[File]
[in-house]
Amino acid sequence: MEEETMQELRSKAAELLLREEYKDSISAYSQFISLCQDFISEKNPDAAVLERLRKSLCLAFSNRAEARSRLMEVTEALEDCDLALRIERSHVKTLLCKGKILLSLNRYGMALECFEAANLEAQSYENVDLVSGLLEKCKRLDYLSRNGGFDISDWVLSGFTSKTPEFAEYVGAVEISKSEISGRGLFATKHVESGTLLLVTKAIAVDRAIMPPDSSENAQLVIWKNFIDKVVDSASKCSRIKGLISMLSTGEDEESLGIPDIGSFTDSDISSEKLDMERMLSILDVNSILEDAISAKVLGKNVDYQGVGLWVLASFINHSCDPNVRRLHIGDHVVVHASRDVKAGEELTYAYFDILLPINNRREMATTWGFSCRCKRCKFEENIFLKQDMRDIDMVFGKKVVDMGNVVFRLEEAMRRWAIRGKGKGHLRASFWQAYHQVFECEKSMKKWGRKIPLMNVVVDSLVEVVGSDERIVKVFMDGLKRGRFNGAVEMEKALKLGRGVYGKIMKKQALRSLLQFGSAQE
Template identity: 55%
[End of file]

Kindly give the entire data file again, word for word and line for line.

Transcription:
[in-house]
Amino acid sequence: MEEETMQELRSKAAELLLREEYKDSISAYSQFISLCQDFISEKNPDAAVLERLRKSLCLAFSNRAEARSRLMEVTEALEDCDLALRIERSHVKTLLCKGKILLSLNRYGMALECFEAANLEAQSYENVDLVSGLLEKCKRLDYLSRNGGFDISDWVLSGFTSKTPEFAEYVGAVEISKSEISGRGLFATKHVESGTLLLVTKAIAVDRAIMPPDSSENAQLVIWKNFIDKVVDSASKCSRIKGLISMLSTGEDEESLGIPDIGSFTDSDISSEKLDMERMLSILDVNSILEDAISAKVLGKNVDYQGVGLWVLASFINHSCDPNVRRLHIGDHVVVHASRDVKAGEELTYAYFDILLPINNRREMATTWGFSCRCKRCKFEENIFLKQDMRDIDMVFGKKVVDMGNVVFRLEEAMRRWAIRGKGKGHLRASFWQAYHQVFECEKSMKKWGRKIPLMNVVVDSLVEVVGSDERIVKVFMDGLKRGRFNGAVEMEKALKLGRGVYGKIMKKQALRSLLQFGSAQE
Template identity: 55%